Provide password for running a script inside another script as different user

Imagine you run script as user A: sudo -u A ./
Inside that we have a line that calls another script with a different user B: sudo -u B ./ Now I get prompted to enter a password for user B. Is there any way to provide that password uppon call?

P.S. I know all the security breaches it can create. Please do not mention me that.


Yes you have option for that. But that password you have to provide at the time of executing the script or hard coded it in the script itself. Try with the below example:-

echo 'passwordofB' | sudo -u B -S ./

Also you can do it like:-

 sudo -u A ./ passwordofB #as a command line parameter

now inside

echo $1 | sudo -u B -S ./

You are executing another script sudo -u B ./ from script ./ right? So change that line with echo $1 | sudo -u B -S ./ and run your first script as sudo -u A ./ passwordofB where passwordofB is the password for user ‘B’


sudo: sorry, you must have a tty to run sudo

Replace Defaults requiretty by Defaults !requiretty in your /etc/sudoers. This will impact your global sudo configuration.

How to fix ‘sudo: no tty present and no askpass program specified’ error?

  1. Use NOPASSWD line for all commands, I mean:
    jenkins ALL=(ALL) NOPASSWD: ALL
  2. Put the line after all other lines in the sudoers file.

How to give user sudo less access to command

Edit the file /etc/sudoers:

Cmnd_Alias JENKINS_CMDS = /bin/systemctl start jenkins, /bin/systemctl restart jenkins, /bin/systemctl stop jenkins, /bin/systemctl status jenkins

This will give jenkins group access to commands in JENKINS_CMDS


Linux commands

sudo!! : Forgot to run a command with sudo? You need not re-write the whole command, just type “sudo!!” and the last command will run with sudo.

2. Python -m SimpleHTTPServer : Creates a simple web page for the current working directory over port 8000.

3. mtr : A command which is a combination of ‘ping’ and ‘traceroute’ command.

4. Ctrl+x+e : This key combination fires up, an editor in the terminal, instantaneously.

5. nl : Outputs the content of text file with lines Numbered.

6. shuf : Randomly selects line/file/folder from a file/folder.

7. ss : Outputs Socket Statistics.

8. Last: Want to know history of last logged in users? This command comes to rescue here.

9. curl : Shows machine’s external IP Address.

10. tree : Prints files and folders in tree like fashion, recursively.

11. Pstree : Prints running processes with child processes, recursively.

13. stat : Shows the status information of a file as well as of a file system.

15. Pv : outputs simulating text, similar to hollywood movies.

16. Mount | column -t : Lists mounted file system, in nice formatting with specification.

17. Ctrl + l: clear shell prompt, instantaneously.

18. curl -u gmail_id –silent “” | perl -ne ‘print “\t” if //; print “$2\n” if /(.*)/;’. This simple scripts, opens up, unread mail of an user, in the terminal itself.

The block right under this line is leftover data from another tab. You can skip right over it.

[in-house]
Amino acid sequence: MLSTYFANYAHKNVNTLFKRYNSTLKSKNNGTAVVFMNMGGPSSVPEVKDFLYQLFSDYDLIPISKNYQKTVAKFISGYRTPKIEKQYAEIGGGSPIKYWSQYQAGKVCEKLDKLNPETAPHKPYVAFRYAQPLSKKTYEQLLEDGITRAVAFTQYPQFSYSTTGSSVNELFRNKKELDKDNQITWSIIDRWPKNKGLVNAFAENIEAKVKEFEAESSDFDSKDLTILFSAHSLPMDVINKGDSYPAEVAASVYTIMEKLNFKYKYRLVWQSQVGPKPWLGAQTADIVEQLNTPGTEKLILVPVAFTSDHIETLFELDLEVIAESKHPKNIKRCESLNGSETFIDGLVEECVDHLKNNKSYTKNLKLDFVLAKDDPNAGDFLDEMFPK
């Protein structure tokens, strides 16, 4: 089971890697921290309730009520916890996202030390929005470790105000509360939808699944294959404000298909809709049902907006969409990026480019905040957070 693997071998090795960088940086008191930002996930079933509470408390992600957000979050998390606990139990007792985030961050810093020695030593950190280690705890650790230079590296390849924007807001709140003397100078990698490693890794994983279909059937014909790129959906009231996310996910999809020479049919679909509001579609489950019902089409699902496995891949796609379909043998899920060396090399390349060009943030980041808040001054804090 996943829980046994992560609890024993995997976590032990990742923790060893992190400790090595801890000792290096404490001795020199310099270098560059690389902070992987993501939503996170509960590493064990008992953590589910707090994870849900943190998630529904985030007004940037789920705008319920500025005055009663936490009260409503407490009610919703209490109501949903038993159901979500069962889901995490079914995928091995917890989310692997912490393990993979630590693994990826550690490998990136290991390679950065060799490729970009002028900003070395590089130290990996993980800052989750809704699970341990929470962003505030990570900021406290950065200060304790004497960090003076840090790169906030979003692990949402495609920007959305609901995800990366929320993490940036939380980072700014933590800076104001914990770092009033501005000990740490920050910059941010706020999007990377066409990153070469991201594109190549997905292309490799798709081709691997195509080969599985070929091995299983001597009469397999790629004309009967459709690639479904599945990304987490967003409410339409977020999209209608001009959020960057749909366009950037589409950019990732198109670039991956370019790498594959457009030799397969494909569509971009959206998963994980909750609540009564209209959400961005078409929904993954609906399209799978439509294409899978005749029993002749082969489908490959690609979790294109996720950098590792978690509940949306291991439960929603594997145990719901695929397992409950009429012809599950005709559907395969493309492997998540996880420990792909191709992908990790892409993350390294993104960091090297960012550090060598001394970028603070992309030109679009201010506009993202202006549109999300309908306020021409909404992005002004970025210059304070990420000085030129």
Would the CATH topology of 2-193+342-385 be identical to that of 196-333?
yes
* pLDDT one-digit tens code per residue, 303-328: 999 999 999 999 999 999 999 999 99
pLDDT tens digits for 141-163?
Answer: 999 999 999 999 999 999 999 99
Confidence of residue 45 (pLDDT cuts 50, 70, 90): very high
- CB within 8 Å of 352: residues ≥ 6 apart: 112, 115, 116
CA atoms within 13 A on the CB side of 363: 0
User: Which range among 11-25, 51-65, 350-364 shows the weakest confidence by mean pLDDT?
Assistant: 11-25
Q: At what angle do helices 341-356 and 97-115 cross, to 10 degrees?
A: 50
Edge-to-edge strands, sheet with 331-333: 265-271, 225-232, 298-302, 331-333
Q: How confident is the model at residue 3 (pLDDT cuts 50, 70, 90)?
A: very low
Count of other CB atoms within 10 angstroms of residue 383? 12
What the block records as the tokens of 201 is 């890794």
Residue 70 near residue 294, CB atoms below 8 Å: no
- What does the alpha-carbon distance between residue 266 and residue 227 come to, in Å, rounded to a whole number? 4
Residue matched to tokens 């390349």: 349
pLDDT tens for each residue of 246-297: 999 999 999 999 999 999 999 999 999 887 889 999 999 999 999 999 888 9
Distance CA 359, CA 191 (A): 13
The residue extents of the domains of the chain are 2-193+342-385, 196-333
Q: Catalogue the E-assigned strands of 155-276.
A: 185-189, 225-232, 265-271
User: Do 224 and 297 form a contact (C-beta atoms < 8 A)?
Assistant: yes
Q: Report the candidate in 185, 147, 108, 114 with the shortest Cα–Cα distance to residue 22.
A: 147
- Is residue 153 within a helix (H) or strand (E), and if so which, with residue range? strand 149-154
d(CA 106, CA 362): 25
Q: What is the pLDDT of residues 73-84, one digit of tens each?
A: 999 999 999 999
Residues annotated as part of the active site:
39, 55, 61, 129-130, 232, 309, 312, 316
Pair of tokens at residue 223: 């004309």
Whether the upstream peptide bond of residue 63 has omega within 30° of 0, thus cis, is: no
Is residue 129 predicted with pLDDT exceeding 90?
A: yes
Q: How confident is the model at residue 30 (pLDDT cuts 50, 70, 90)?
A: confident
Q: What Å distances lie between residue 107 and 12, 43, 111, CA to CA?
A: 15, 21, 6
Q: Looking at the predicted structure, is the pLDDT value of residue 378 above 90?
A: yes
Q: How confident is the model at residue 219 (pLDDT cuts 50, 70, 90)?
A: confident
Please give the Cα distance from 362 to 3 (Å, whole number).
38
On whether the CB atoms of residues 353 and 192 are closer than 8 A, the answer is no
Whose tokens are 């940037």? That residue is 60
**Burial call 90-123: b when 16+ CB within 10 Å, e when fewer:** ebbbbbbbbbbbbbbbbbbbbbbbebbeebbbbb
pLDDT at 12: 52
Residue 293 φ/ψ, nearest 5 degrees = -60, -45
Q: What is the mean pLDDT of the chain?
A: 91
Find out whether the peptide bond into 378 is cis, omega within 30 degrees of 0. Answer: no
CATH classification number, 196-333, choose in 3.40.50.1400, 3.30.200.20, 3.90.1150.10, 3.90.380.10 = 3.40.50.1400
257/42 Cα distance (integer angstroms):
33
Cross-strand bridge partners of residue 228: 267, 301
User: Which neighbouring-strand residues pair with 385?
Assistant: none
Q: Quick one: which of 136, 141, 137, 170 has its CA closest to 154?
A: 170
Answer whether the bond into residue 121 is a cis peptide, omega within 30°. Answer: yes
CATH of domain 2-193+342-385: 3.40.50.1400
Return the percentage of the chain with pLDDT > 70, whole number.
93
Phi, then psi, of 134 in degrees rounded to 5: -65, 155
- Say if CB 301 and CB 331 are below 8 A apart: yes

19. screen : Detach and Reattach, long running process from a session.

20. file : Outputs information, regarding types of file.

21. id : Print User and Group Id.
22. ^foo^bar : Run last command with modification, without the need of rewriting the whole command again.

24. at : Run a particular command, time based.

25. du -h –max-depth=1 Command : Outputs the size of all the files and folders within current folder, in human readable format.

26. expr : Solve simple mathematical calculations from the terminal.

27. look: Check for an English word, from the dictionary, in case of confusion, right from the shell.

28. yes : continues to print a sting, till interrupt instruction is given.

29. factor: Gives all the possible factors of a decimal number.

30. ping -i 60 -a IP_address : Pings the provided IP_address, and gives audible sound when host comes alive.

31. tac : Prints content of a file, in reverse order.

32. strace : A debugging tool.

33. disown -a && exit Command : Run a command in background, even after terminal session is closed.

34. getconf LONG_BIT Command : Output Machine Architecture, very clearly.

35. while sleep 1;do tput sc;tput cup 0 $(($(tput cols)-29));date;tput rc;done & : The script outputs date and time on the top right corner of shell/ terminal.

36. convert : converts the output of a command in picture, automatically.

37. watch -t -n1 “date +%T|figlet” : Show animated digital clock at the prompt.

38. host and dig : DNS lookup utility.

39. dstat : Generates statistics regarding system resource.

40. bind -p : Shows all the shortcuts available in Bash.

41. Touch /forcefsck : Force file-system check on next boot.

42. lsb_release : Prints distribution specification information.

43. nc -ZV localhost port_number : Check if a specific port is open or not.

44. curl : Outputs Geographical Information, regarding an ip_address.

45. find .-user xyz : Lists all file owned by user ‘xyz’

46. apt-get build-dep package_name: Build all the dependency, automatically while installing any specific package.

47. lsof -iTCP:80 -sTCP:LISTEN. The script, outputs all the service/process using port 80.

48. find -size +100M : This command combination, Lists all the files/folders the size of which is 100M or more.

49. pdftk : A nice way to concatenate a lot of pdf files, into one.

50. ps -LF -u user_name : Outputs Processes and Threads of a user.

51. Startx — :1 (This command creates another new X session).

top 6 files that eat up your space:

du -hsx * | sort -rh | head -6
  • Alt+Backspace: Deletes the previous word.
  • Alt+F: Skips ahead to the next space.
  • Alt+B: Skips back to the previous space.
  • Ctrl+U: Cuts all text up to the cursor.
  • Ctrl+K: Cuts all text after the cursor until end of line.
  • Ctrl+A: Moves the cursor to the start of line.
  • Ctrl+E: Moves the cursor to the end of line.